Many have been overwhelmed trying to understand their epidemic and combat it, and responding to media requests, especially from journalists outside of China, has not been a top priority.
|By Jon Cohen|
Gao oversees 2000 employees—one-fifth the staff size of the U.S. Centers for Disease Control and Prevention—and he remains an active researcher himself. In January, he was part of a team that did the first isolation and sequencing of severe acute respiratory syndrome 2 (SARS-CoV-2), the virus that causes COVID-19. He co-authored two widely read papers published in The New England Journal of Medicine (NEJM) that provided some of the first detailed epidemiology and clinical features of the disease, and has published three more papers on COVID-19 in The Lancet.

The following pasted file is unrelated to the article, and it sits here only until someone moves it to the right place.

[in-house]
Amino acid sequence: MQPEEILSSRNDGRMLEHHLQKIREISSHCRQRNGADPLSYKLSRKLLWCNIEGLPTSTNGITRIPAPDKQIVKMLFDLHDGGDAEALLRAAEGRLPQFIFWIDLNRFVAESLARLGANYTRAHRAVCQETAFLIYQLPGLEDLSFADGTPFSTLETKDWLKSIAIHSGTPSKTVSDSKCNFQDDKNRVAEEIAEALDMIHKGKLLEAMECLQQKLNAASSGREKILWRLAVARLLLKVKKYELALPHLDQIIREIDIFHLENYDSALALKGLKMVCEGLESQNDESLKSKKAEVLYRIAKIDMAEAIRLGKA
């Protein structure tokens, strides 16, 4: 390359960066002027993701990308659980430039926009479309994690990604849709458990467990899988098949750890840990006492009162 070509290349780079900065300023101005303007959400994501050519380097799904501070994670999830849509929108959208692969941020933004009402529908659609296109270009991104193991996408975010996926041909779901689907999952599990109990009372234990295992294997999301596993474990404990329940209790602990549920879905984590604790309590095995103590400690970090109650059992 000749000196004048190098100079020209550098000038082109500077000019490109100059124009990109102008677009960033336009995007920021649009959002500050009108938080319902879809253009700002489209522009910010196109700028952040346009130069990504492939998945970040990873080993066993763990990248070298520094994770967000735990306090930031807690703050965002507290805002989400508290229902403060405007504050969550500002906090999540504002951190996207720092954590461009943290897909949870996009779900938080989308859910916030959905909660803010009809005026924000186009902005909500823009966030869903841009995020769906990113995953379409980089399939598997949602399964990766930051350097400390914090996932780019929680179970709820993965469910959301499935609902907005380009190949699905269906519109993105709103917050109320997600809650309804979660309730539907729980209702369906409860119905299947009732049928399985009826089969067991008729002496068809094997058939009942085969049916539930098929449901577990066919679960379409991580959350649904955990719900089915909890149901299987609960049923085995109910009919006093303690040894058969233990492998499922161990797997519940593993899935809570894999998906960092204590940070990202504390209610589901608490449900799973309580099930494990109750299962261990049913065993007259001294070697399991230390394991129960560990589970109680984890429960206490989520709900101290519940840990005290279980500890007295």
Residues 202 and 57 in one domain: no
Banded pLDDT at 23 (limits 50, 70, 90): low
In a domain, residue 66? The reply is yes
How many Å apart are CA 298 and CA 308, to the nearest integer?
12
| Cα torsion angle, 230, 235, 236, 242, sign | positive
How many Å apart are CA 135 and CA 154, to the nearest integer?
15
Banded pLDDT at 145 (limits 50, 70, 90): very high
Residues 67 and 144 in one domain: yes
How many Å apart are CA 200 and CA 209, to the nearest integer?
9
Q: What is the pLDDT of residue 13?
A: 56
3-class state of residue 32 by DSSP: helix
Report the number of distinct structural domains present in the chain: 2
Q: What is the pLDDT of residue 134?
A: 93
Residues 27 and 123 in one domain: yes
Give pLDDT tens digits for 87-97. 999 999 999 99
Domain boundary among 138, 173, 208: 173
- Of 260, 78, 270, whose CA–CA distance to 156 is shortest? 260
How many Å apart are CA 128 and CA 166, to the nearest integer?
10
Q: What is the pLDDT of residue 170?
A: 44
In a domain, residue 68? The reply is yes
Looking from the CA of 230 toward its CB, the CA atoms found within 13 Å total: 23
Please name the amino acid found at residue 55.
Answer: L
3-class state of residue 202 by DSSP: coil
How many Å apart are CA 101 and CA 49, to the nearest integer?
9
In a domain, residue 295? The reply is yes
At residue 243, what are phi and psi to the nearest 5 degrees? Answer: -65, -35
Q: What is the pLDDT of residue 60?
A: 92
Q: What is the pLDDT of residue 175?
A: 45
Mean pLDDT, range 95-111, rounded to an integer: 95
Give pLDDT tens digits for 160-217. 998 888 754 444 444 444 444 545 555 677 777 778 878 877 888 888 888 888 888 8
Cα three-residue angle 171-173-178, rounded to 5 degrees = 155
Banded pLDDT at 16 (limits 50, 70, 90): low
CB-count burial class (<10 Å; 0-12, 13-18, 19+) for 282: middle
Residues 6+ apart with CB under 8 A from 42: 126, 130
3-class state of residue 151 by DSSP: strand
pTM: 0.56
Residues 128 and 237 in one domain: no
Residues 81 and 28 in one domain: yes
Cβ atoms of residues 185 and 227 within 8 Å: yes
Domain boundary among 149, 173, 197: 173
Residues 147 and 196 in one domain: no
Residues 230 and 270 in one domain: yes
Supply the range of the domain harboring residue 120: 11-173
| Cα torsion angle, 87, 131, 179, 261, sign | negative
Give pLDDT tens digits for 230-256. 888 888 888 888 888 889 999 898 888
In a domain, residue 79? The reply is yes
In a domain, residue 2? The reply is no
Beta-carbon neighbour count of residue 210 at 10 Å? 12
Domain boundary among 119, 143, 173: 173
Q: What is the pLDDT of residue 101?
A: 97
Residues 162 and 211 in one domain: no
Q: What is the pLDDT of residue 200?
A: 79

His team also provided important data to a joint commission between Chinese researchers and a team of international scientists, organized by the World Health Organization (WHO), that wrote a landmark report after touring the country to understand the response to the epidemic.
First trained as a veterinarian, Gao later earned a Ph.D. in biochemistry at the University of Oxford and did postdocs there and at Harvard University, specializing in immunology and virology. His research specializes in viruses that have fragile lipid membranes called envelopes—a group that includes SARS-CoV-2—and how they enter cells and also move between species.
Gao answered Science’s questions over several days via text, voicemails, and phone conversations. This interview has been edited for brevity and clarity.
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